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Lowering your caffeine intake can help with some health problems. If your doctor tells you that cutting back might help you, here are some steps that can make it easier to do.
Caffeine is a mild stimulant. Many people drink coffee, tea, or soda because it helps them feel more awake and alert. However, this stimulant effect can also cause jitters, anxiety, and trouble sleeping. Caffeine affects each person differently. As we age, caffeine may affect us more.
Your doctor may tell you to cut down on caffeine in some situations. For example:
First, you will need to know where the caffeine in your diet comes from. The table below should help you figure out how much caffeine is in different drinks. While there is no caffeine in chocolate, other chemicals in chocolate can have similar effects. We have listed the caffeine equivalents for some chocolate products below.
|Common Sources of Caffeine||Serving Size||Average Caffeine Content (mg)|
|NoDoz (maximum strength)||1 tablet||200|
|Excedrin Migraine||2 tablets||130|
|Coffee, brewed||16 ounces||133|
|Espresso coffee||2 ounces||150|
|Coffee, instant||8 ounces||148|
|Arizona Iced Tea, black||16 ounces||30|
|Black tea||8 ounces||30-80|
|Mountain Dew||12 ounces||54|
|Dr. Pepper, regular or diet||12 ounces||41|
|7-UP or Diet 7-UP||12 ounces||0|
|Redline Energy Drink||23.5 ounces||316|
|5-hour Energy||1.9 ounces||208|
|Monster Energy||16 ounces||160|
|Red Bull||8.4 ounces||80|
|Hershey's Special Dark||1.5 ounce||20|
|Hershey's chocolate bar||1.6 ounces||9|
|Hot cocoa||1 tbs.||8|
Some people have headaches or feel sleepy if they cut caffeine from their diet all at once. Cutting back slowly can help avoid this. Try these tips:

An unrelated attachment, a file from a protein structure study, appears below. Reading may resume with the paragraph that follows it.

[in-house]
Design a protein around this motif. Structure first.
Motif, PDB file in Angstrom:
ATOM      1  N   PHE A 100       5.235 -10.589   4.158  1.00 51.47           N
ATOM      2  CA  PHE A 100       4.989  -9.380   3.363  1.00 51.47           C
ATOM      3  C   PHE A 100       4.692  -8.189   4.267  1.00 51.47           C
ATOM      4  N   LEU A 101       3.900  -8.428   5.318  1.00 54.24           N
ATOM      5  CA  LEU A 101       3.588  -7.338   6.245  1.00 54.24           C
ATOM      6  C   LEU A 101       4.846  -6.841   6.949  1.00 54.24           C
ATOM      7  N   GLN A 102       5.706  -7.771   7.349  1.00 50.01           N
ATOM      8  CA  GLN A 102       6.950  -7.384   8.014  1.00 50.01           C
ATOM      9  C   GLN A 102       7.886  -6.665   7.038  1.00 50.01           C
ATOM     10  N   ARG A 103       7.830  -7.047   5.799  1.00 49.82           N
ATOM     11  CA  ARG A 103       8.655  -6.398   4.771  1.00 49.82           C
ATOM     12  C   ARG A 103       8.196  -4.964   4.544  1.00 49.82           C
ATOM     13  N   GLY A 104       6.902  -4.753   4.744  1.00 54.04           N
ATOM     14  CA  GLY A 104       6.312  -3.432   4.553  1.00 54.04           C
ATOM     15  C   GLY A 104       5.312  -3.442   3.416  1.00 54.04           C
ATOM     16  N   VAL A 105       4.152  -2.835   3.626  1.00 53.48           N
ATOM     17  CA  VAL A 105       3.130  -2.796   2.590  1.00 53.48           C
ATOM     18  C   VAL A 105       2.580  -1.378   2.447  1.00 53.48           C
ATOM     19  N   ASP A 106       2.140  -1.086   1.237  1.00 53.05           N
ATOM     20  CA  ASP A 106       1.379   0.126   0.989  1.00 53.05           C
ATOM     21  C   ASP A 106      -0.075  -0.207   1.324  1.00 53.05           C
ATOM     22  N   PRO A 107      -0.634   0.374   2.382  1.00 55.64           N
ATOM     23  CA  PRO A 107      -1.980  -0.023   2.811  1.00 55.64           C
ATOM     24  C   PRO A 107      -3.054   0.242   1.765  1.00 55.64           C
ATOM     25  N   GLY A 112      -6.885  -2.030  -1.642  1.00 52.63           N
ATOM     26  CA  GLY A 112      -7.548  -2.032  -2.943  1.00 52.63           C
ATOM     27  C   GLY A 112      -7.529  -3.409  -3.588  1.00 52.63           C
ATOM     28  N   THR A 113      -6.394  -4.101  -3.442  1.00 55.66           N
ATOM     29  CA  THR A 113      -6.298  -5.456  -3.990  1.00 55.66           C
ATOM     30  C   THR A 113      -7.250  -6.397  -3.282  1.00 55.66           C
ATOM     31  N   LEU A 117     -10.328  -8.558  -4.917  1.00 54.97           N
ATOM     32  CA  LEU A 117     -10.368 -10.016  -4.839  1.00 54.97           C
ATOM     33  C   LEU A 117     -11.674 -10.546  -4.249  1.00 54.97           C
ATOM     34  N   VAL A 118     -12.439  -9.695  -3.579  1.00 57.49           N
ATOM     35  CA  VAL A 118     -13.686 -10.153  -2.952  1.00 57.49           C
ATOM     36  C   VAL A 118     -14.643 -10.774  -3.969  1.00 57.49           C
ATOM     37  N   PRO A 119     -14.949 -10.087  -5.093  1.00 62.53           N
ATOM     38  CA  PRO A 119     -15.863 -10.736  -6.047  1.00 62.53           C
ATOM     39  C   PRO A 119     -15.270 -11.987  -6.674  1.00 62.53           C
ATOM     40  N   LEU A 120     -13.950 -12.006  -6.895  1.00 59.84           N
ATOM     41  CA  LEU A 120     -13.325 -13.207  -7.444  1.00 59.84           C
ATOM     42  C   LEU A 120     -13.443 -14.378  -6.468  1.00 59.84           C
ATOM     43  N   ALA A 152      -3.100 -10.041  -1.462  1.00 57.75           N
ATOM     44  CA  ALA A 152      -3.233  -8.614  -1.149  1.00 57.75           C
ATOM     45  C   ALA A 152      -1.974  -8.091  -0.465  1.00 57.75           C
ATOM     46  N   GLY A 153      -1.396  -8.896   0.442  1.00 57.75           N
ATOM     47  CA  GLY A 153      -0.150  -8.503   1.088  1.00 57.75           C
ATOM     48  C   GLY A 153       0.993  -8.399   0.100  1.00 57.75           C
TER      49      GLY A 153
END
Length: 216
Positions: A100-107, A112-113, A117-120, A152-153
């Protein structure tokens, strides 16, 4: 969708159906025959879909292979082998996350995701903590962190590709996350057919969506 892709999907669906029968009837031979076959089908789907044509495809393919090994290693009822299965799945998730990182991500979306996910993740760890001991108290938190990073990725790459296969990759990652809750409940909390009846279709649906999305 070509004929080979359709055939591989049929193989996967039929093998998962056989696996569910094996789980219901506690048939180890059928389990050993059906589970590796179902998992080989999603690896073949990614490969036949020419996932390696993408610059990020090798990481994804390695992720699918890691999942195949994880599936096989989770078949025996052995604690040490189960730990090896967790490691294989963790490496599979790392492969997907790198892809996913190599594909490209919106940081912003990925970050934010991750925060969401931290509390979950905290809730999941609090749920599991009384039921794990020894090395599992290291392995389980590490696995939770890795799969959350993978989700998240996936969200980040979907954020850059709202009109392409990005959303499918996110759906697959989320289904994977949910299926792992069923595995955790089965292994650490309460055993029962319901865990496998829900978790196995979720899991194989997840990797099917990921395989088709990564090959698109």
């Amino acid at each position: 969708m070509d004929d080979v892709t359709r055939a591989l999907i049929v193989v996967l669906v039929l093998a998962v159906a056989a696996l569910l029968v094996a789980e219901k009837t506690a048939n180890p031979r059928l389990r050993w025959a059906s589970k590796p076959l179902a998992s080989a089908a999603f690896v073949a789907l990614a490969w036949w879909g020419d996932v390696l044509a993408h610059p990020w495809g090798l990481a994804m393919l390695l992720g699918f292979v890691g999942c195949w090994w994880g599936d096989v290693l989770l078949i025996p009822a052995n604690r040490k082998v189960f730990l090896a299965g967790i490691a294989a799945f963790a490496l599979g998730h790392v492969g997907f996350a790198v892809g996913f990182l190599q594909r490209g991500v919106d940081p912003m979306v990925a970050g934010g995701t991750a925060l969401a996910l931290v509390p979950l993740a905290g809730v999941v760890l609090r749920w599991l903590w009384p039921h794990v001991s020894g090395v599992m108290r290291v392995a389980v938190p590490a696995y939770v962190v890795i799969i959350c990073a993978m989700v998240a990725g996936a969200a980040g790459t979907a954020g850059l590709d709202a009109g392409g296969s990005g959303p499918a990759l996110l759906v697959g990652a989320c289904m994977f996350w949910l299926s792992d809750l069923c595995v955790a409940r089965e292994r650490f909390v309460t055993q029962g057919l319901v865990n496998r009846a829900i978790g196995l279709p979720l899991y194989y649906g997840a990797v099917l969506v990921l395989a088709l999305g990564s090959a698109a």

Then you can begin to:
You may be surprised how much caffeine is in your favorite drinks or in some of the over-the-counter medicines you take. Be sure to check labels. Many sodas and other products come in caffeine-free forms, so look for these.
American Heart Association
International Food Information Council
Dietitians of Canada
Caffeine. EBSCO DynaMed website. Available at: http://www.ebscohost.com/dynamed. Accessed November 15, 2020.
Caffeine and heart disease. American Heart Association website. Available at: http://www.heart.org/HEARTORG/GettingHealthy/NutritionCenter/HealthyDietGoals/Caffeine-and-Heart-Disease_UCM_305888_Article.jsp. Accessed November 15, 2020.
Caffeine content of food & drugs. Center for Science in the Public Interest website. Available at: http://www.cspinet.org/new/cafchart.htm. Accessed November 15, 2020.
Cornelis MC, El-Sohemy A, Kabagambe EK, Campos H. Coffee, CYP1A2 genotype, and risk of myocardial infarction. JAMA. 2006;295(10):1135-1141.
ST-elevation myocardial infarction (STEMI). EBSCO DynaMed website. Available at: http://www.ebscohost.com/dynamed. Accessed November 15, 2020.
Last reviewed November 2020 by EBSCO Medical Review Board Last Updated: 11/29/2020